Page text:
Examples of Zero Based Budgeting: A Methodology for Today's Technology

Examples of Zero Based Budgeting: A Methodology for Today's Technology
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The Problem with ZBB

As implied by its title, ZBB starts off with practically nothing on which to base one’s budget assumptions. This stands in contrast to the traditional method, in which managers and supervisors calculate their projections by using the previous year’s budget as their baseline.

ZBB as a budget preparation method lost its popularity due to the numerous documentation requirements imposed. Managers and supervisors have to justify every projected cost and its purposes, plus the presentation of one or more alternative courses of action, which should be similarly justified.

The procedure doesn’t end there, as every proposed budget and its alternatives have to be measured in terms of productivity and efficiency performance, including the results of cost-to-benefits analyses. Moreover, the manager is also required to present the consequences, in case a majority of the top management members would vote against the proposed cost projection.

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The department managers prepare a “decision package” for every function or item that needs funding for the incoming year. Each package is ranked according to its level of importance to serve as a guide to higher management levels. The ranking indicates the budget proposal’s priority level for purposes of review, evaluation and endorsement or approval, until the selected decision packages reach the final approving body. Ratification for each decision package is decided through a voting process conducted among the members of the endorsing or approving committee.

It’s no wonder that ZBB lost its following in its early years, since the procession of numerous calculations, justifications, analyses and documentation are indeed too tedious for comfort. But that was in the ’70s, when computerization was still in its budding stage and personal computers were unheard of.

Under the current business set-up, in which research and data analyses are common, all those requirements can be produced in a jiffy, by simply using business intelligence capabilities. Inasmuch as the best budget estimations are those that are closest to the real thing, zero-based projections may finally come of age by getting the support it needs from today’s data marts and data warehouses.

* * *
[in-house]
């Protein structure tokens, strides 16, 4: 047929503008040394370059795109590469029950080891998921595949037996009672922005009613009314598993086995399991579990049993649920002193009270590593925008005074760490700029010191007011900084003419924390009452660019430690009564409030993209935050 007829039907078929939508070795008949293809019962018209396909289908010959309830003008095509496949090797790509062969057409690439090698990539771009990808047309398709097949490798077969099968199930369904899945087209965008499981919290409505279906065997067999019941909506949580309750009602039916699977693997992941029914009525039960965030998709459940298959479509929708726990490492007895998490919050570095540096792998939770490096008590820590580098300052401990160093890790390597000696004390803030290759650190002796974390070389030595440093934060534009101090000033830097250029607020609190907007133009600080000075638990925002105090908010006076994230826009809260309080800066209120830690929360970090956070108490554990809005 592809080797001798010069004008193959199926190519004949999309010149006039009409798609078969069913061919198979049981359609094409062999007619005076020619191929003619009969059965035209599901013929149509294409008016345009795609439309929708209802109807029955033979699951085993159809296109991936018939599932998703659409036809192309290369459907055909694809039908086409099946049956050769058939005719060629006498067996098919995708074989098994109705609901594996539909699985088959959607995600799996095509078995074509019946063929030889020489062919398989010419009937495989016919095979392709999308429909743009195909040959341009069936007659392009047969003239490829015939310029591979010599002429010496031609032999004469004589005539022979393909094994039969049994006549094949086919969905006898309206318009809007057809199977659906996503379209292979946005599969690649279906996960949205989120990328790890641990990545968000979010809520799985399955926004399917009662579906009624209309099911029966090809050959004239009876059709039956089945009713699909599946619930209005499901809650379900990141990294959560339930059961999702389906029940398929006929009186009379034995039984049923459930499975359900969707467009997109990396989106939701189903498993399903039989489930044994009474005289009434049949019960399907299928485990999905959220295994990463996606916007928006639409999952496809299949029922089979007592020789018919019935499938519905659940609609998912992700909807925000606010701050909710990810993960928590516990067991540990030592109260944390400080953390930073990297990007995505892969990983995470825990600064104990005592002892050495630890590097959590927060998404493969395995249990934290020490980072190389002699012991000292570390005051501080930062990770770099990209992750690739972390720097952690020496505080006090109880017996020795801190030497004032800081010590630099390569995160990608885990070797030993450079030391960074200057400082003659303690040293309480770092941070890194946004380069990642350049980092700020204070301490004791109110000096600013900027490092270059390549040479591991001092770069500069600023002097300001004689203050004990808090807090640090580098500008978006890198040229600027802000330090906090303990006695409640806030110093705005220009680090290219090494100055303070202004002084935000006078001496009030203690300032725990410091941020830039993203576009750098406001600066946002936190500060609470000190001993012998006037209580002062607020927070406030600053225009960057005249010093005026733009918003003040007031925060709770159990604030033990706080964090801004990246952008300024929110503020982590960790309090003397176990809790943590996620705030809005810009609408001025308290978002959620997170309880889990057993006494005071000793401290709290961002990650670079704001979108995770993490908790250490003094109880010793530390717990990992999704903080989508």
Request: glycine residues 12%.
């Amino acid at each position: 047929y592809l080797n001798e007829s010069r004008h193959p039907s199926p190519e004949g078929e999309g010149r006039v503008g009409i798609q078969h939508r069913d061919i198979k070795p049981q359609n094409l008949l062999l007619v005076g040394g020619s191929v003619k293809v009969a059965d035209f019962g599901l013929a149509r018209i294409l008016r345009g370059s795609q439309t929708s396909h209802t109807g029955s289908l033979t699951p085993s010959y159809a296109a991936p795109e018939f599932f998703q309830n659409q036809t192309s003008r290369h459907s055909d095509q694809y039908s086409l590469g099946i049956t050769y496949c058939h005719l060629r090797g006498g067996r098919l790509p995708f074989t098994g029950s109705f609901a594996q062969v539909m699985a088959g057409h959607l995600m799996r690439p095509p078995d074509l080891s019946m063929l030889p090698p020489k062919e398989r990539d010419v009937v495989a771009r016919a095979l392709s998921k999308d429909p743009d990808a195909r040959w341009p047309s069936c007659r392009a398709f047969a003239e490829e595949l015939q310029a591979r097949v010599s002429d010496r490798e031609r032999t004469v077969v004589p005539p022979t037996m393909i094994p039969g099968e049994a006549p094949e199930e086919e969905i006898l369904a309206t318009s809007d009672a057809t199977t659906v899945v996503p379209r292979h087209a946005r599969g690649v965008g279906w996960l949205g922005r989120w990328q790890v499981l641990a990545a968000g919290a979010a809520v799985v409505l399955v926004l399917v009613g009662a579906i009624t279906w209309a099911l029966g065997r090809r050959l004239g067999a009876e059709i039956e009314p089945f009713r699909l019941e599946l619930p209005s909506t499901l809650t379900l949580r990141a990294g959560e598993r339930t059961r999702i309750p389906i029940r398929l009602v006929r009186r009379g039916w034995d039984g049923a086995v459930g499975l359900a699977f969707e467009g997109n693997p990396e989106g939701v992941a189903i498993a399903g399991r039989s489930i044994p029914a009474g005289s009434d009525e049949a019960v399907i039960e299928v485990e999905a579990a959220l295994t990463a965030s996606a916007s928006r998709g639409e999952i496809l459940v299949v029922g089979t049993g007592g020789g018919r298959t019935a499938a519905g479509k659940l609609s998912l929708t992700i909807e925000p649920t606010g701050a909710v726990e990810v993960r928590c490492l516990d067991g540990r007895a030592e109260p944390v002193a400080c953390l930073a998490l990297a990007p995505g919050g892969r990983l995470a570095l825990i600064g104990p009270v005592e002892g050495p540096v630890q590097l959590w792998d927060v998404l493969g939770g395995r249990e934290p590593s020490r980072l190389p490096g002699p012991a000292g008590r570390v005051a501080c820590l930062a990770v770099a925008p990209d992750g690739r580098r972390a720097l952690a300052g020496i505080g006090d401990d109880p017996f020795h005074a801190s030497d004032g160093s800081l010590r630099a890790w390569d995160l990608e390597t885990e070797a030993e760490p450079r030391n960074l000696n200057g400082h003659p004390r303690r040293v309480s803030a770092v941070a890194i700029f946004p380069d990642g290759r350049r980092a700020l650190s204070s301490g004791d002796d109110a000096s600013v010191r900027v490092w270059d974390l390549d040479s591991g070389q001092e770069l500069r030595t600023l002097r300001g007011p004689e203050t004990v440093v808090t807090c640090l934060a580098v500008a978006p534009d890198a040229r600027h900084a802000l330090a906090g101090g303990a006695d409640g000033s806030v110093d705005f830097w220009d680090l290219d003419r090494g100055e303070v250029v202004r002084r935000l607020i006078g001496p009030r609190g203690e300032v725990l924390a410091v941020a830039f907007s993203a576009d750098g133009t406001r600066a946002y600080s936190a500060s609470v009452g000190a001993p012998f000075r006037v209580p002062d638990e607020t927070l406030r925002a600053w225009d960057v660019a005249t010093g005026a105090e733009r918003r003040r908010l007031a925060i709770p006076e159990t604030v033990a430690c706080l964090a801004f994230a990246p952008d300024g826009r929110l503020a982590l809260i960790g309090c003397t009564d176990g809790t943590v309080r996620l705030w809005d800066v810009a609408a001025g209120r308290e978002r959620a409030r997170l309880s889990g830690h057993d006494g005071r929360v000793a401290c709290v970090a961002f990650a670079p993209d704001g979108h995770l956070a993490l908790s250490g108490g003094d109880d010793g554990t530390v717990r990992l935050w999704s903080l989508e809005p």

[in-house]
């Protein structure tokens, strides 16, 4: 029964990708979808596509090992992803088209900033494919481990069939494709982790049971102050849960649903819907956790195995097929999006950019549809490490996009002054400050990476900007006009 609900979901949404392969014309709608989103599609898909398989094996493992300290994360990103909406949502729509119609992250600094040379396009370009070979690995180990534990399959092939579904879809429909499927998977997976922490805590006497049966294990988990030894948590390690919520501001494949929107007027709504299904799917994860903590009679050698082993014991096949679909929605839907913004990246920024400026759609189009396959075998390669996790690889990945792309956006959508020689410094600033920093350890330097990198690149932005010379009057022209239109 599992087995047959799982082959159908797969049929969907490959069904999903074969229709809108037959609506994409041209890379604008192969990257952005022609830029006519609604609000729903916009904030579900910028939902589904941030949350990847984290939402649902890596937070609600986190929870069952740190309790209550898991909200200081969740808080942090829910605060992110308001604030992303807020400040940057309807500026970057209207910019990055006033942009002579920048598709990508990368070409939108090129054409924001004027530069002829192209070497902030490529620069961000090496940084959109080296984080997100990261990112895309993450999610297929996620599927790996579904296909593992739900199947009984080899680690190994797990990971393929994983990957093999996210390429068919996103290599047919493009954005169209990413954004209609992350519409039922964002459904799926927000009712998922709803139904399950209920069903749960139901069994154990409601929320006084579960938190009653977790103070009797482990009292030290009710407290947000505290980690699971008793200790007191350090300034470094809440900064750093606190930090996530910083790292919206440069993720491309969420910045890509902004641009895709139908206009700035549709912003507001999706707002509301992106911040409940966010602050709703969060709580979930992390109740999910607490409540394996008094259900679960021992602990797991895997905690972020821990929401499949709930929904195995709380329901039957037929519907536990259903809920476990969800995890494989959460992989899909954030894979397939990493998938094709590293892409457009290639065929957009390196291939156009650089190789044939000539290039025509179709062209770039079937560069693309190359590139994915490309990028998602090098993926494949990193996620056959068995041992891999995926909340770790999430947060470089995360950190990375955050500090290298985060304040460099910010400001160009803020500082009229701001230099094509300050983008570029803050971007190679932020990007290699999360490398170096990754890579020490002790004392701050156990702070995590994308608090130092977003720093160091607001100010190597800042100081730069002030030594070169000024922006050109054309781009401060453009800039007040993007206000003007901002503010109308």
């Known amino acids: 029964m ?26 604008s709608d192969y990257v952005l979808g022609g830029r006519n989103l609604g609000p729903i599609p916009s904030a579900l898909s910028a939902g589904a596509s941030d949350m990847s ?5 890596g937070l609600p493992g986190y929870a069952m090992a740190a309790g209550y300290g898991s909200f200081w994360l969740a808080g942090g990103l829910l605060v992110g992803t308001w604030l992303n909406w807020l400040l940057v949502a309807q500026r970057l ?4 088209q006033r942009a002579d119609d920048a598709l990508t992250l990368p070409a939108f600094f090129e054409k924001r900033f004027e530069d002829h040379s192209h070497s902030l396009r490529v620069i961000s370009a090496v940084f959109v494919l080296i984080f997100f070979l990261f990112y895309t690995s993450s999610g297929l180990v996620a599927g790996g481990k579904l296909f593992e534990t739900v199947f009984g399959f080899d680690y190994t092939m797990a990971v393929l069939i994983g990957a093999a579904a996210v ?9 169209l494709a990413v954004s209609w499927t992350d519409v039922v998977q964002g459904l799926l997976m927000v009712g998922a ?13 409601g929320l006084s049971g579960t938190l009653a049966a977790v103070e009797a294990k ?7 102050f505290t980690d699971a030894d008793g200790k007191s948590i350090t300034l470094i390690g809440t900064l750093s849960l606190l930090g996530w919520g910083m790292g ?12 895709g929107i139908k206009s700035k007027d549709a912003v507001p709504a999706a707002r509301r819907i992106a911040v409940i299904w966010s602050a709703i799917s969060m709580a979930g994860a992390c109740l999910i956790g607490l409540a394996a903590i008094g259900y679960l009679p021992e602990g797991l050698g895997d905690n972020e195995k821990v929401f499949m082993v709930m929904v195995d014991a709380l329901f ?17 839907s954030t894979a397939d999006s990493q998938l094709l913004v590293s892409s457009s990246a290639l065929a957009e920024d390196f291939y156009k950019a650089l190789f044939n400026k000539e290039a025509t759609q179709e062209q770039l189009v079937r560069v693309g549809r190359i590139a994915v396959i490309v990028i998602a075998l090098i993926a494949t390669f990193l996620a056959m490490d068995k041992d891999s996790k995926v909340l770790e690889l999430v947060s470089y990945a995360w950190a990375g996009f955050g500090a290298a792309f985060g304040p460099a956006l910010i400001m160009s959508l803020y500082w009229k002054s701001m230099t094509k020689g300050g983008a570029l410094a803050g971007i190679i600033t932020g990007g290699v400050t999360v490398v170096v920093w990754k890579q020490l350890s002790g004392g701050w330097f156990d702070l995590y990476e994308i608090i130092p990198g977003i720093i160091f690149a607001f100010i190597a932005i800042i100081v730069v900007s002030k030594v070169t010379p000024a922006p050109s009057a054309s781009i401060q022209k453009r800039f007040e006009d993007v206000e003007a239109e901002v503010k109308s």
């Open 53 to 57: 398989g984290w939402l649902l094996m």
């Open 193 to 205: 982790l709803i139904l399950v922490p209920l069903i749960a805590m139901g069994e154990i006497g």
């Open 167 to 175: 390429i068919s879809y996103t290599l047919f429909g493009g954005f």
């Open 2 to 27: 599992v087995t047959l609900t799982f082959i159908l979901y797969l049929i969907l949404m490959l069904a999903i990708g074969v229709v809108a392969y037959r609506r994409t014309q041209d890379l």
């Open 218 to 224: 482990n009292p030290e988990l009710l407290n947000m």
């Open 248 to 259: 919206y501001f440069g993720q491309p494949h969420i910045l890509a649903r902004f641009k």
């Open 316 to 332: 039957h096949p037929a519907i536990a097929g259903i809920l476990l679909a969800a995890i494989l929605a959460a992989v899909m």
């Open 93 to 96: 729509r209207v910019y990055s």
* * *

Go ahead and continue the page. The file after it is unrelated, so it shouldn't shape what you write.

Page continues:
Now let’s go through another round of exploring ZBB’s procedures, but this time on a more detailed approach by using examples of zero-based budget proposals.

Overview of ZBB Preparation


The Master Budget

In coming up with the master budget, the company’s entire financial projections require the preparation of separate budgets from each department in relation to their functions. These include production, sales, marketing, distribution and administrative departments and all other sections under them. These separate budgets are interdependent, inasmuch as the planned actions of one department will depend on another department’s set of future plans.

Cost estimations therefore should be carefully analyzed and provided with justifications in relation to their links with the other budget estimates.

To cite an example, let’s say the manager and supervisors of the production unit proposes the purchase of new machinery that has the capability to increase its output at half its current capacity. A separate decision package will, therefore, be created for the proposed budget of the said machinery.

  • The production unit’s justifications regarding increased production will influence the sales department’s forecast for the year.

  • The sale’s department on the other hand will come up with a separate budget plan in order to effectively and efficiently market and distribute the additional outputs. This means they have to present a separate decision package for the plans of action in response to the increased production scenario.

  • Other departments therefore will be affected by whatever plans the sales department will come up with. Hence similar and related decision packages aside from the regular budget projections will likewise be prepared.

If the majority or all members of top management vote in favor of the proposed acquisition, this does not mean that all other decision packages linked to the approved proposal are similarly approved to form part of the master budget. Each decision package will go into voting based on the merits of its corresponding justifications, albeit linked to the approved proposal.

In view of this, we will now take a closer look at how decision packages are developed and presented.

The Decision Package

We will continue with the example cited in our discussion of the master budget, in which the production unit is requesting additional funds to purchase new machinery as a means to increase the unit’s production level.

Decision Package - A1: Proposed budget under normal conditions, in which no new machinery is added.

Decision Package A2: Proposed budget under revitalized conditions, in which new machinery is added.

Decision Package A3: Proposed budget under strained conditions and no new machinery is added.